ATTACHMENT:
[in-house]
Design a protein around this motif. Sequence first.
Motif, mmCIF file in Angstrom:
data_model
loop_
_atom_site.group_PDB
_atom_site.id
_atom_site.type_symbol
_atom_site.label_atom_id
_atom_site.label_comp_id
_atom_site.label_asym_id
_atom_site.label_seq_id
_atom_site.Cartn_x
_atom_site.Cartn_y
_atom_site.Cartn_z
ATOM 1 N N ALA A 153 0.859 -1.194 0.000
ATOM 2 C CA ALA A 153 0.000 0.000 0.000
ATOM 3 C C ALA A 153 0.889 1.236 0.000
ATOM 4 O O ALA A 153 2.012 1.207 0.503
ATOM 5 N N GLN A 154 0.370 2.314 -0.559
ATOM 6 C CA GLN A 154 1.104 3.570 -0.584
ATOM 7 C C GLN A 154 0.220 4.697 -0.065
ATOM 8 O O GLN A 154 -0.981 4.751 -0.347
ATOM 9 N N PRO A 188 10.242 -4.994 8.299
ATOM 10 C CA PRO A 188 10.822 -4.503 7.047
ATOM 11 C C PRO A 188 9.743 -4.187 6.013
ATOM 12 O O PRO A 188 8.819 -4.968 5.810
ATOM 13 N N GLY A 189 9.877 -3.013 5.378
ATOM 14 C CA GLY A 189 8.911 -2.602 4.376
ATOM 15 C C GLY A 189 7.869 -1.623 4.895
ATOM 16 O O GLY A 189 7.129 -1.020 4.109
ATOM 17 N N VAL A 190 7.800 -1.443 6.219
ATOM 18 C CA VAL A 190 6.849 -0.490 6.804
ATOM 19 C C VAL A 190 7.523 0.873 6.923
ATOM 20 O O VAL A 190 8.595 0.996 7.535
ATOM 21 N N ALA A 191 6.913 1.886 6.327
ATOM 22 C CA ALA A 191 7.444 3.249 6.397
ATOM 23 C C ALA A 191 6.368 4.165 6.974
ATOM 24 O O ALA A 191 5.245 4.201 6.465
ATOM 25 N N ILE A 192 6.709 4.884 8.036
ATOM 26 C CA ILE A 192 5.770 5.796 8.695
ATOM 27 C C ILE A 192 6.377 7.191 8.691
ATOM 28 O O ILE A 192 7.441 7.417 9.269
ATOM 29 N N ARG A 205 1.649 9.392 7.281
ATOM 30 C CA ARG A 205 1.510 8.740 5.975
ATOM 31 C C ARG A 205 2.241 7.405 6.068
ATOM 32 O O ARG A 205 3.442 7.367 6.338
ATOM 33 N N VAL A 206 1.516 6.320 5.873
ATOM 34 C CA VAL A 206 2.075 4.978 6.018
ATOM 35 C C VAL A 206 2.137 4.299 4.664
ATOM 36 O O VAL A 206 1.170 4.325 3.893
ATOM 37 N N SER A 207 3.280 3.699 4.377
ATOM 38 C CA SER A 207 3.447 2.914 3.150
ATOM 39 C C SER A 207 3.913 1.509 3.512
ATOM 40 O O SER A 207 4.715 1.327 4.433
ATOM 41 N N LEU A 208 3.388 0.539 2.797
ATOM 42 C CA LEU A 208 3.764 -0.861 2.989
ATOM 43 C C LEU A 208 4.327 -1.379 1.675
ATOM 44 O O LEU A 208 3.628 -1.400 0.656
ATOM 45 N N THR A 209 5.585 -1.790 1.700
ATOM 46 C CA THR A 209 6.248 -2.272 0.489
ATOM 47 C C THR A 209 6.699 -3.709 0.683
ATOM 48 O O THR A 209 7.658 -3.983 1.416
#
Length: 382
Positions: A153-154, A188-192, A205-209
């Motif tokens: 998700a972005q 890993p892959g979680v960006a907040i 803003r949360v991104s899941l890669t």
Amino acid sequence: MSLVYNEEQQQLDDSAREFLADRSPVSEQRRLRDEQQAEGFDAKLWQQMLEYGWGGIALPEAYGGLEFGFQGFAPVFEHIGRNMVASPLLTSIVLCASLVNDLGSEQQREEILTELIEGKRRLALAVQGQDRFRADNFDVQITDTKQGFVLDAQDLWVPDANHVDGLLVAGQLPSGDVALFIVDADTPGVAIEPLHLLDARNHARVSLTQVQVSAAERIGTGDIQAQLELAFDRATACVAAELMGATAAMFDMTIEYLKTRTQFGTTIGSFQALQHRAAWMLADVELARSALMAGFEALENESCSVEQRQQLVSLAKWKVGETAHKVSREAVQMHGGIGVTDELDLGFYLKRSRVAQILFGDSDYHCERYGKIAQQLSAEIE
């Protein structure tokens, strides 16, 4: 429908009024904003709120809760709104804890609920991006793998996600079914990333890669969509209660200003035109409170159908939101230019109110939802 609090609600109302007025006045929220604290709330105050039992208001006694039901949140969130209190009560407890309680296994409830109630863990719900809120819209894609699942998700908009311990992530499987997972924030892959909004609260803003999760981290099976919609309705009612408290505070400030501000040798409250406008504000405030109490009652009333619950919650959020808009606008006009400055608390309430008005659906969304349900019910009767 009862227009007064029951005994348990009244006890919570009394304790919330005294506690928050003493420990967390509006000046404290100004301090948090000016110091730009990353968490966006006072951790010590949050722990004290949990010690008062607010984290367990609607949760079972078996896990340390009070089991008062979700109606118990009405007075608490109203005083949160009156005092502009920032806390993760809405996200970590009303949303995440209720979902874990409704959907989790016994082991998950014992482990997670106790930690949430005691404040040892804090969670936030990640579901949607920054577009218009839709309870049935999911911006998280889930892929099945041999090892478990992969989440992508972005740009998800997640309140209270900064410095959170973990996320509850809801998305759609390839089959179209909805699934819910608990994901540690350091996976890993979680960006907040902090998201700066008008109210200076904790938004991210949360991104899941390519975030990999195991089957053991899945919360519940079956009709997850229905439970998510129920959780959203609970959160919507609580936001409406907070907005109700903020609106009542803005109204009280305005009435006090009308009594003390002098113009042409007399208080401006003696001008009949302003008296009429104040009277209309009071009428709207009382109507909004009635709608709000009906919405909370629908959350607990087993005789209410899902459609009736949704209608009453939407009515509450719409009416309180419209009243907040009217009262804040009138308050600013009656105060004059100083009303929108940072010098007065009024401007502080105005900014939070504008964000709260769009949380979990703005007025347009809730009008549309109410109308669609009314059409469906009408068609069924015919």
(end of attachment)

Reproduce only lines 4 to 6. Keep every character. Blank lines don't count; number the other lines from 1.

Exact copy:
data_model
loop_
_atom_site.group_PDB